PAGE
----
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Scand J Med Sci Sports. 2017 Jul;27(7):704-713. doi: 10.1111/sms.12685. Epub 2016 Mar 31.

Live high, train low - influence on resting and post-exercise hepcidin levels.

Author information

Institute for Sport & Physical Activity Research, University of Bedfordshire, Bedford, UK.
School of Sport Science, Exercise & Health, University of Western Australia, Crawley, Western Australia, Australia.
Centre for Exercise & Sports Science Research, School of Exercise and Health Science, Edith Cowan University, Joondalup, Western Australia, Australia.
School of Psychology and Exercise Science, Murdoch University, Murdoch, Western Australia, Australia.
Department of Laboratory Medicine (TML 830), Radboud University Medical Centre, Nijmegen, The Netherlands.
6, Radboudumc, Geert Grooteplein 10 (TML 830), Nijmegen, The Netherlands.
Research Institute for Sport & Exercise, University of Canberra, Belconnen, Australian Capital Territory, Australia.
Department of Physiology, Australian Institute of Sport, Bruce, Australian Capital Territory, Australia.
Exercise Physiology Laboratory, Flinders University, Bedford Park, South Australia, Australia.


The post-exercise hepcidin response during prolonged (>2 weeks) hypoxic exposure is not well understood. We compared plasma hepcidin levels 3 h after exercise [6 × 1000 m at 90% of maximal aerobic running velocity (vVO2max )] performed in normoxia and normobaric hypoxia (3000 m simulate altitude) 1 week before, and during 14 days of normobaric hypoxia [196.2 ± 25.6 h (median: 200.8 h; range: 154.3-234.8 h) at 3000 m simulated altitude] in 10 well-trained distance runners (six males, four females). Venous blood was also analyzed for hepcidin after 2 days of normobaric hypoxia. Hemoglobin mass (Hbmass ) was measured via CO rebreathing 1 week before and after 14 days of hypoxia. Hepcidin was suppressed after 2 (Cohen's d = -2.3, 95% confidence interval: [-2.9, -1.6]) and 14 days of normobaric hypoxia (d = -1.6 [-2.6, -0.6]). Hepcidin increased from baseline, 3 h post-exercise in normoxia (d = 0.8 [0.2, 1.3]) and hypoxia (d = 0.6 [0.3, 1.0]), both before and after exposure (normoxia: d = 0.7 [0.3, 1.2]; hypoxia: d = 1.3 [0.4, 2.3]). In conclusion, 2 weeks of normobaric hypoxia suppressed resting hepcidin levels, but did not alter the post-exercise response in either normoxia or hypoxia, compared with the pre-exposure response.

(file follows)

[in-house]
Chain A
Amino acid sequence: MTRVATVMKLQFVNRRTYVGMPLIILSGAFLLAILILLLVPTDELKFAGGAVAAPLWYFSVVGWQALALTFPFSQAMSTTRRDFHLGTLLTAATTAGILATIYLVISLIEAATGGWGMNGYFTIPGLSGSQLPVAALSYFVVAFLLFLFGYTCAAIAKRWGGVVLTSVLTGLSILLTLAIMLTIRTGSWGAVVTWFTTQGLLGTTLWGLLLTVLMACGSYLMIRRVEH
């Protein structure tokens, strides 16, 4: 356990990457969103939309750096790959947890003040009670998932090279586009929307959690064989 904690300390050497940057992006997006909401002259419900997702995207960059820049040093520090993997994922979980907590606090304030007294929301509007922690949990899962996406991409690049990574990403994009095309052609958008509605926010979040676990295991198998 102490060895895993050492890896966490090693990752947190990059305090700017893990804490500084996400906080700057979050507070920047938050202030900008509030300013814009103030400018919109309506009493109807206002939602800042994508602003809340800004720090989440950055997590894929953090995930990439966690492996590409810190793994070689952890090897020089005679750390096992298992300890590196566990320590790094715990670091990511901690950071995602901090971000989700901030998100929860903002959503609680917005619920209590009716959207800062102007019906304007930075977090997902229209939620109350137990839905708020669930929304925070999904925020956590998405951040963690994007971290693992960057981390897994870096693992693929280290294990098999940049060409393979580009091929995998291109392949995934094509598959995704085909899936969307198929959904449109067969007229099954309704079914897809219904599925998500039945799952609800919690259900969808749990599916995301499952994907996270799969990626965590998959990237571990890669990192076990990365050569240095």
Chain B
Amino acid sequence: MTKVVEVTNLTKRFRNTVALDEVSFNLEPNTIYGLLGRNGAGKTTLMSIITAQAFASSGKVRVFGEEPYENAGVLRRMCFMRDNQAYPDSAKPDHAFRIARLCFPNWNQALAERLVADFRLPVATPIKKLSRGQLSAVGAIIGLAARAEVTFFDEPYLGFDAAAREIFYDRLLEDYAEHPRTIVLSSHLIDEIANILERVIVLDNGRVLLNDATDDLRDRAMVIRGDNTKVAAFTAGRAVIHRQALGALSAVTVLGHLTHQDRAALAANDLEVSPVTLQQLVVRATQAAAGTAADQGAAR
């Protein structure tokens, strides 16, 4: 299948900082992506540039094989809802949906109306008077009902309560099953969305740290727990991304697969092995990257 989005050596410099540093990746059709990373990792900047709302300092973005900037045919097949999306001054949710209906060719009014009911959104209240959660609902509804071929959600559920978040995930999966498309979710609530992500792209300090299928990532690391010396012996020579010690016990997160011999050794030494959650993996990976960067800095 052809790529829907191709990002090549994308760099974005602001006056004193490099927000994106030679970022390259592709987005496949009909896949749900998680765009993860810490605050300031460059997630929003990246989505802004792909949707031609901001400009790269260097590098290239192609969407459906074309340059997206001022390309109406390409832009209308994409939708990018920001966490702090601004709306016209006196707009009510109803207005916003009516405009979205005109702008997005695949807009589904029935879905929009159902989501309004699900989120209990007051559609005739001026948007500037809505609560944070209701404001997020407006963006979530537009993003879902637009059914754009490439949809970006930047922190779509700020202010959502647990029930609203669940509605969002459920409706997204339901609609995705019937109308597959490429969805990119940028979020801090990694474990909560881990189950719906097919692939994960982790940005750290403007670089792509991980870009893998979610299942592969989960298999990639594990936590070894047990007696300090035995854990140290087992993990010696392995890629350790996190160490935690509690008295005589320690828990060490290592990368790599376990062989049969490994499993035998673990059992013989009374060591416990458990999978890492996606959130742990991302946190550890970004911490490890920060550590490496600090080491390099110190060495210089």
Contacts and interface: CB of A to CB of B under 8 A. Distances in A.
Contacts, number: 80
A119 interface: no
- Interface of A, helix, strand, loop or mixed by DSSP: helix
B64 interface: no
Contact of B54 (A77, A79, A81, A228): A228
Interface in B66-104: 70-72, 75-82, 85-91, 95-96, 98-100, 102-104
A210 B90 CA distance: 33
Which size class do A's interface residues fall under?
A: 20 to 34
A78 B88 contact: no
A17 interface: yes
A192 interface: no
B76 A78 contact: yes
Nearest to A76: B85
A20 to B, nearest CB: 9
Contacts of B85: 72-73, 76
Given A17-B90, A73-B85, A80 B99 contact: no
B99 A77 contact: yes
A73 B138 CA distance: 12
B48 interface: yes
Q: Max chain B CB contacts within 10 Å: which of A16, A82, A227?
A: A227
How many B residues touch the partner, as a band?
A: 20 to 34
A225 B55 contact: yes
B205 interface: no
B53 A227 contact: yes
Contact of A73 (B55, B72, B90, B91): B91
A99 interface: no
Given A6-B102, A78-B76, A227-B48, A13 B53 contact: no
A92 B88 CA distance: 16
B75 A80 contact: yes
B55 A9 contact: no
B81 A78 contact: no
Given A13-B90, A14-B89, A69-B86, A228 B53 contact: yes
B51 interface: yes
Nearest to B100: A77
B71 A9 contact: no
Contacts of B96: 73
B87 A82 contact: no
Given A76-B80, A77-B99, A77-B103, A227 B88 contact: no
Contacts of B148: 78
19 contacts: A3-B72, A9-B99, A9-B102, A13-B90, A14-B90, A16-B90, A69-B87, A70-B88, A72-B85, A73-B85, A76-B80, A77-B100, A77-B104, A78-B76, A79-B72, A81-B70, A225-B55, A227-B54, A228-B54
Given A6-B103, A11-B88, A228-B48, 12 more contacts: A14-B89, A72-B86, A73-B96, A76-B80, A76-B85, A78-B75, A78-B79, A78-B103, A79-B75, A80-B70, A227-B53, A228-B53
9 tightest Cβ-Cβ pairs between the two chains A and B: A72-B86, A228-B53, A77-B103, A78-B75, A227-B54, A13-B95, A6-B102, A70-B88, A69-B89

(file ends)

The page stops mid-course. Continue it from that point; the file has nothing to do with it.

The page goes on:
Iron metabolism; altitude training; hypoxia; iron deficiency

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